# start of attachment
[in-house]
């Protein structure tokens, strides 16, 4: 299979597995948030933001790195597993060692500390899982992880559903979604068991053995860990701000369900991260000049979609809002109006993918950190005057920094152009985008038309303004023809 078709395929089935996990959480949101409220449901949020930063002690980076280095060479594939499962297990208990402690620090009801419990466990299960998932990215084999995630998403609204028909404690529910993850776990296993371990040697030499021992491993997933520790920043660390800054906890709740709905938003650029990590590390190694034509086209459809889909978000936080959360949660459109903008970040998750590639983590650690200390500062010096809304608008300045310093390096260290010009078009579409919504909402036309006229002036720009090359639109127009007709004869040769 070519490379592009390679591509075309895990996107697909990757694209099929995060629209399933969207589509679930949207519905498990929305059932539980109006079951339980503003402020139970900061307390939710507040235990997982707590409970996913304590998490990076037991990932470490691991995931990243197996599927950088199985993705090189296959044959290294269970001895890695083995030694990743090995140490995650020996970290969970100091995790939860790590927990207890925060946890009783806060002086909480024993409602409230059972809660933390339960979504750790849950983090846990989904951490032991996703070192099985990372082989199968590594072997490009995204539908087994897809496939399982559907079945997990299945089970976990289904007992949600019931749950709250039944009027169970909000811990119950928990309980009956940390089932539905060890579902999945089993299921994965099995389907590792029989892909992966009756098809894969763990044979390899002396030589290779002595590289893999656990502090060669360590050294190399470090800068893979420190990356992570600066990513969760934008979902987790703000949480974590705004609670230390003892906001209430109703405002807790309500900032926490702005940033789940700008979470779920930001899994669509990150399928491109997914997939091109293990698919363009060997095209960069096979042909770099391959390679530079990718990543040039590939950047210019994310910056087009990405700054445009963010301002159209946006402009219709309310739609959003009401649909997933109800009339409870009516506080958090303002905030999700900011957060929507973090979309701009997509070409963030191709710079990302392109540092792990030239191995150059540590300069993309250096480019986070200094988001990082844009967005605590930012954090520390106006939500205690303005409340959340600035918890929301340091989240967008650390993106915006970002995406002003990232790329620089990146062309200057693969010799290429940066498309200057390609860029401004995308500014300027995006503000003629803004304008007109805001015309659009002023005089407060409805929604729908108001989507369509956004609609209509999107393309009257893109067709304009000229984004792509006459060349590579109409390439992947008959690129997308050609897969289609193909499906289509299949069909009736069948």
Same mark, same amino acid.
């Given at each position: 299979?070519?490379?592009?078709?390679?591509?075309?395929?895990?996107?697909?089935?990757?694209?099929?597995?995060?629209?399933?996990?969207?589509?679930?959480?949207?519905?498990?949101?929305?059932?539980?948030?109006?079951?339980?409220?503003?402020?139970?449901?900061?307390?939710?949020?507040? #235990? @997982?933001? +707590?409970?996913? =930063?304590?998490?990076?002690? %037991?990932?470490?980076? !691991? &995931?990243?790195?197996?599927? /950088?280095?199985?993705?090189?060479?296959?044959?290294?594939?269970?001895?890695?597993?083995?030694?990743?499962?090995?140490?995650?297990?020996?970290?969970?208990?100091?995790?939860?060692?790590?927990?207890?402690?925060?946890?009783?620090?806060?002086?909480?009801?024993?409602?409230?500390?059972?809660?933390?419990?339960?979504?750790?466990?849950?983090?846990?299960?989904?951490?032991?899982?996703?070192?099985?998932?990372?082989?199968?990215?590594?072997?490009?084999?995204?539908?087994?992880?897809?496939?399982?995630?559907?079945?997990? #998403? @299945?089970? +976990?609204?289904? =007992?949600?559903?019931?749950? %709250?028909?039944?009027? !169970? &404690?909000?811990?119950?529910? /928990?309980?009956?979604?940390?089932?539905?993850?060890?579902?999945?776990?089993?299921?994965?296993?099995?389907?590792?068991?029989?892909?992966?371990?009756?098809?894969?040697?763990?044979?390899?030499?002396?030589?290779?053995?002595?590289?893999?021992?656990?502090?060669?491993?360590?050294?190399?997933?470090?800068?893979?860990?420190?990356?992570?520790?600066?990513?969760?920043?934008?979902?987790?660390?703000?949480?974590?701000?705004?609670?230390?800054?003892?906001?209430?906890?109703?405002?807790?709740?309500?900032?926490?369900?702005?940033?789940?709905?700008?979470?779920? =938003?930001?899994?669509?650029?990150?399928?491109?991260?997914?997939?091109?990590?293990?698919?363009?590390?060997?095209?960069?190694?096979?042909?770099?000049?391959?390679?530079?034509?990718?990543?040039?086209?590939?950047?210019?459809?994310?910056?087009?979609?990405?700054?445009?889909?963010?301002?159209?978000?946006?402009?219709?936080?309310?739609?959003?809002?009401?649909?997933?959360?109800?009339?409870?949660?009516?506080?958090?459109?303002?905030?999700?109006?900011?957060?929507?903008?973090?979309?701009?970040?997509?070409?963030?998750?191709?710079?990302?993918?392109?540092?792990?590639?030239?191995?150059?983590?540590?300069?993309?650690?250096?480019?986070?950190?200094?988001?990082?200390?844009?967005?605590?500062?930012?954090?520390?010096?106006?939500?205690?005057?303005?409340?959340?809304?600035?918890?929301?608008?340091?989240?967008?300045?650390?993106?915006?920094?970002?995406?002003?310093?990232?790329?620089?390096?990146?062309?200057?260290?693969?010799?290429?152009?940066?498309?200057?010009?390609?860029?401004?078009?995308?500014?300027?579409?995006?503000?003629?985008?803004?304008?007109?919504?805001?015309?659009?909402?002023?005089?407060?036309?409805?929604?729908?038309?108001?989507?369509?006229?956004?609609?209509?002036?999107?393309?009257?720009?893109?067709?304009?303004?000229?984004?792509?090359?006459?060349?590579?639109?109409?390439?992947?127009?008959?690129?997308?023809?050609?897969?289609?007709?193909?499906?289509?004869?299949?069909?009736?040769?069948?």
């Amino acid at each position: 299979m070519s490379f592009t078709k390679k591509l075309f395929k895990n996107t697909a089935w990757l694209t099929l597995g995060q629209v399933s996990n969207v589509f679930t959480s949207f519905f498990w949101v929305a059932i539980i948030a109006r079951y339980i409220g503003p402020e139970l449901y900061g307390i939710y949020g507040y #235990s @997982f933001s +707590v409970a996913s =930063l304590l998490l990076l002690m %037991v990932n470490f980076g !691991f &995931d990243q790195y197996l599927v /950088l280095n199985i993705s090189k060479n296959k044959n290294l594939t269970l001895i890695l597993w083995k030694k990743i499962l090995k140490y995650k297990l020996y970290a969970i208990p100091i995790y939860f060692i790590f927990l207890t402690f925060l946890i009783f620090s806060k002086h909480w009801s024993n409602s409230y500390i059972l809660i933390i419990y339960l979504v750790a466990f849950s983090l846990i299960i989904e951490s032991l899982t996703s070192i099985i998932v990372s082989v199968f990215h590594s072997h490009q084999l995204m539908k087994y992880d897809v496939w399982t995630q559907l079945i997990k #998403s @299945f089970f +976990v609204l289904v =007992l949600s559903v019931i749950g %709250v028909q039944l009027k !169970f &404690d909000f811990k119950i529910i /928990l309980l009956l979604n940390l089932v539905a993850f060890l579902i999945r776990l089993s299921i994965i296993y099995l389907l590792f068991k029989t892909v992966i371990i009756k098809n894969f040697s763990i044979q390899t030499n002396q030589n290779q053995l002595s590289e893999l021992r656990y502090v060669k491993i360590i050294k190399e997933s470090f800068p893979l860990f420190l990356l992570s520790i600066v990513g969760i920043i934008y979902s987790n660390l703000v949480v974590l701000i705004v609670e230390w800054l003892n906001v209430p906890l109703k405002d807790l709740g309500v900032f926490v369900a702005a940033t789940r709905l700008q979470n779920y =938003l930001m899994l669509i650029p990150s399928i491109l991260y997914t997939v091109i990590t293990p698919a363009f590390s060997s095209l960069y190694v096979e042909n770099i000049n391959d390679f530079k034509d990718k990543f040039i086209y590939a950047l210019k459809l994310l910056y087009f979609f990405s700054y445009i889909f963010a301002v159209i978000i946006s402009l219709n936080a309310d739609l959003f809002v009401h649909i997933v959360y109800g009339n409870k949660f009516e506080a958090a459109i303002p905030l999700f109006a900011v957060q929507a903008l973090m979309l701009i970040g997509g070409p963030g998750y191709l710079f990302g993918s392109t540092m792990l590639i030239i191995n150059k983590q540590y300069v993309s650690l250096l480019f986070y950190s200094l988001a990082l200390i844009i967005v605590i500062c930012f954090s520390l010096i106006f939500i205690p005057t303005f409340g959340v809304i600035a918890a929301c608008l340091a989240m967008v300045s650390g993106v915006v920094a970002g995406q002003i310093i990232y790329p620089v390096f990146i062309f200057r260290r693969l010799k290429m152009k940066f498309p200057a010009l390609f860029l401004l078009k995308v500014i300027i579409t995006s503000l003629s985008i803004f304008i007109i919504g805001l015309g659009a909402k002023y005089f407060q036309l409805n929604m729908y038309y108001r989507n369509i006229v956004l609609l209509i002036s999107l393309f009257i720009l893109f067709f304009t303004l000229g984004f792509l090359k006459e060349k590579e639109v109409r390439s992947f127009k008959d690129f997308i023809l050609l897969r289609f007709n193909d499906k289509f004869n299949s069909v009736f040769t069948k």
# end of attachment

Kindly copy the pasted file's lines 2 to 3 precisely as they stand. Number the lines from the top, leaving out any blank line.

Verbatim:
């Protein structure tokens, strides 16, 4: 299979597995948030933001790195597993060692500390899982992880559903979604068991053995860990701000369900991260000049979609809002109006993918950190005057920094152009985008038309303004023809 078709395929089935996990959480949101409220449901949020930063002690980076280095060479594939499962297990208990402690620090009801419990466990299960998932990215084999995630998403609204028909404690529910993850776990296993371990040697030499021992491993997933520790920043660390800054906890709740709905938003650029990590590390190694034509086209459809889909978000936080959360949660459109903008970040998750590639983590650690200390500062010096809304608008300045310093390096260290010009078009579409919504909402036309006229002036720009090359639109127009007709004869040769 070519490379592009390679591509075309895990996107697909990757694209099929995060629209399933969207589509679930949207519905498990929305059932539980109006079951339980503003402020139970900061307390939710507040235990997982707590409970996913304590998490990076037991990932470490691991995931990243197996599927950088199985993705090189296959044959290294269970001895890695083995030694990743090995140490995650020996970290969970100091995790939860790590927990207890925060946890009783806060002086909480024993409602409230059972809660933390339960979504750790849950983090846990989904951490032991996703070192099985990372082989199968590594072997490009995204539908087994897809496939399982559907079945997990299945089970976990289904007992949600019931749950709250039944009027169970909000811990119950928990309980009956940390089932539905060890579902999945089993299921994965099995389907590792029989892909992966009756098809894969763990044979390899002396030589290779002595590289893999656990502090060669360590050294190399470090800068893979420190990356992570600066990513969760934008979902987790703000949480974590705004609670230390003892906001209430109703405002807790309500900032926490702005940033789940700008979470779920930001899994669509990150399928491109997914997939091109293990698919363009060997095209960069096979042909770099391959390679530079990718990543040039590939950047210019994310910056087009990405700054445009963010301002159209946006402009219709309310739609959003009401649909997933109800009339409870009516506080958090303002905030999700900011957060929507973090979309701009997509070409963030191709710079990302392109540092792990030239191995150059540590300069993309250096480019986070200094988001990082844009967005605590930012954090520390106006939500205690303005409340959340600035918890929301340091989240967008650390993106915006970002995406002003990232790329620089990146062309200057693969010799290429940066498309200057390609860029401004995308500014300027995006503000003629803004304008007109805001015309659009002023005089407060409805929604729908108001989507369509956004609609209509999107393309009257893109067709304009000229984004792509006459060349590579109409390439992947008959690129997308050609897969289609193909499906289509299949069909009736069948």
Same mark, same amino acid.